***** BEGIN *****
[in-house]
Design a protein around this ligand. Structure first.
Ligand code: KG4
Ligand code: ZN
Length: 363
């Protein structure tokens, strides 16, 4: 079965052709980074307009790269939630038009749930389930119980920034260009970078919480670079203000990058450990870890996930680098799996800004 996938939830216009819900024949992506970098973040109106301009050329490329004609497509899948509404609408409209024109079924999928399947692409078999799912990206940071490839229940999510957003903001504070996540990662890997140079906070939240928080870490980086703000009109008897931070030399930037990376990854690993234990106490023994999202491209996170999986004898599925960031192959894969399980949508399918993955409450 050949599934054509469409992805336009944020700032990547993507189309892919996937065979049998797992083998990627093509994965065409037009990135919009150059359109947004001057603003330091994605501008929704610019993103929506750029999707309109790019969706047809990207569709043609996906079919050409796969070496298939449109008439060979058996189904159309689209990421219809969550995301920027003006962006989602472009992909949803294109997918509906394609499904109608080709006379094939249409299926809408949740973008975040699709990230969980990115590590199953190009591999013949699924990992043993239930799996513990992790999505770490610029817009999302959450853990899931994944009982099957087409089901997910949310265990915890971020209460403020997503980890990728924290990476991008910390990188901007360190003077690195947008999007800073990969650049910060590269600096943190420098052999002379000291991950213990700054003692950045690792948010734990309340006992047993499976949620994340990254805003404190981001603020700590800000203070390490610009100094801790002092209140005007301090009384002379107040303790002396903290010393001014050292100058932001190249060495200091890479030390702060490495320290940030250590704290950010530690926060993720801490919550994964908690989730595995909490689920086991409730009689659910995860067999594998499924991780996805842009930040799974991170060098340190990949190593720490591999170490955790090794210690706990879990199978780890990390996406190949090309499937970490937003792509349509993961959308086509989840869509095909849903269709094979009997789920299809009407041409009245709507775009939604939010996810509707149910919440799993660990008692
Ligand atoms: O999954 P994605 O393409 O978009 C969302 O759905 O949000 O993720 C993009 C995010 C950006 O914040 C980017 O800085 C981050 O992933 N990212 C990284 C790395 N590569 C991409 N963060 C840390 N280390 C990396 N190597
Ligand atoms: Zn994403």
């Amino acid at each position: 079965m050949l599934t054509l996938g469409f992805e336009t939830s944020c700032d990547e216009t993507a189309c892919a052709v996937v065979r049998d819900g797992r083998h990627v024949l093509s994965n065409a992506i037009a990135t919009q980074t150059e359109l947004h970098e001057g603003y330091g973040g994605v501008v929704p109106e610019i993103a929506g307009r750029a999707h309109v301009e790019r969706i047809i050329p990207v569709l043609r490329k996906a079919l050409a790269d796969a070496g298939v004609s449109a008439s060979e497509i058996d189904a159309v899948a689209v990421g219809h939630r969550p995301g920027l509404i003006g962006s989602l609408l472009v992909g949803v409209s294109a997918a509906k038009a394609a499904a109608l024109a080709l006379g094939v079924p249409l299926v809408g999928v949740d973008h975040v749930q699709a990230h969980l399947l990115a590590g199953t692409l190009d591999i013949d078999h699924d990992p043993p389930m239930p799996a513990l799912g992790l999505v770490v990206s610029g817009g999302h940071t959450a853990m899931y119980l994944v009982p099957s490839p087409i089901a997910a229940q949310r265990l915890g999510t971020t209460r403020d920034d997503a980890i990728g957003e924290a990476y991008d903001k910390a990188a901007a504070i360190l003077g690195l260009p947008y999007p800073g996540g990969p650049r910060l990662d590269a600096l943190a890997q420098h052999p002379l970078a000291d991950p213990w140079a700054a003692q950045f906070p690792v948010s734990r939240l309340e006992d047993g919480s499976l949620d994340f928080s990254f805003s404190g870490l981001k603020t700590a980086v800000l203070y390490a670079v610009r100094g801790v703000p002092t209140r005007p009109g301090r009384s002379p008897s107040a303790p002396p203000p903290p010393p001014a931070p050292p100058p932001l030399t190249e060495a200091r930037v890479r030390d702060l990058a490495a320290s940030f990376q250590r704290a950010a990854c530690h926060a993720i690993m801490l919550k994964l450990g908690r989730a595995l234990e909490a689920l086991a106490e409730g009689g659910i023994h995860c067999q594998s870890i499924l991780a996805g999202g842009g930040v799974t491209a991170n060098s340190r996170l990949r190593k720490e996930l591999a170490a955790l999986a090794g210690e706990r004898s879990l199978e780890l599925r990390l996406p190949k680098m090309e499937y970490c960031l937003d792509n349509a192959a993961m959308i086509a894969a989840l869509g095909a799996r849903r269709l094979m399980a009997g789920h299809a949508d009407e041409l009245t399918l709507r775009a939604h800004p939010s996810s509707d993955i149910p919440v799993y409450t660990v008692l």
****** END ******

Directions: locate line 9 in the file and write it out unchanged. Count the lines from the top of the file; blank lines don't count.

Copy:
């Amino acid at each position: 079965m050949l599934t054509l996938g469409f992805e336009t939830s944020c700032d990547e216009t993507a189309c892919a052709v996937v065979r049998d819900g797992r083998h990627v024949l093509s994965n065409a992506i037009a990135t919009q980074t150059e359109l947004h970098e001057g603003y330091g973040g994605v501008v929704p109106e610019i993103a929506g307009r750029a999707h309109v301009e790019r969706i047809i050329p990207v569709l043609r490329k996906a079919l050409a790269d796969a070496g298939v004609s449109a008439s060979e497509i058996d189904a159309v899948a689209v990421g219809h939630r969550p995301g920027l509404i003006g962006s989602l609408l472009v992909g949803v409209s294109a997918a509906k038009a394609a499904a109608l024109a080709l006379g094939v079924p249409l299926v809408g999928v949740d973008h975040v749930q699709a990230h969980l399947l990115a590590g199953t692409l190009d591999i013949d078999h699924d990992p043993p389930m239930p799996a513990l799912g992790l999505v770490v990206s610029g817009g999302h940071t959450a853990m899931y119980l994944v009982p099957s490839p087409i089901a997910a229940q949310r265990l915890g999510t971020t209460r403020d920034d997503a980890i990728g957003e924290a990476y991008d903001k910390a990188a901007a504070i360190l003077g690195l260009p947008y999007p800073g996540g990969p650049r910060l990662d590269a600096l943190a890997q420098h052999p002379l970078a000291d991950p213990w140079a700054a003692q950045f906070p690792v948010s734990r939240l309340e006992d047993g919480s499976l949620d994340f928080s990254f805003s404190g870490l981001k603020t700590a980086v800000l203070y390490a670079v610009r100094g801790v703000p002092t209140r005007p009109g301090r009384s002379p008897s107040a303790p002396p203000p903290p010393p001014a931070p050292p100058p932001l030399t190249e060495a200091r930037v890479r030390d702060l990058a490495a320290s940030f990376q250590r704290a950010a990854c530690h926060a993720i690993m801490l919550k994964l450990g908690r989730a595995l234990e909490a689920l086991a106490e409730g009689g659910i023994h995860c067999q594998s870890i499924l991780a996805g999202g842009g930040v799974t491209a991170n060098s340190r996170l990949r190593k720490e996930l591999a170490a955790l999986a090794g210690e706990r004898s879990l199978e780890l599925r990390l996406p190949k680098m090309e499937y970490c960031l937003d792509n349509a192959a993961m959308i086509a894969a989840l869509g095909a799996r849903r269709l094979m399980a009997g789920h299809a949508d009407e041409l009245t399918l709507r775009a939604h800004p939010s996810s509707d993955i149910p919440v799993y409450t660990v008692l």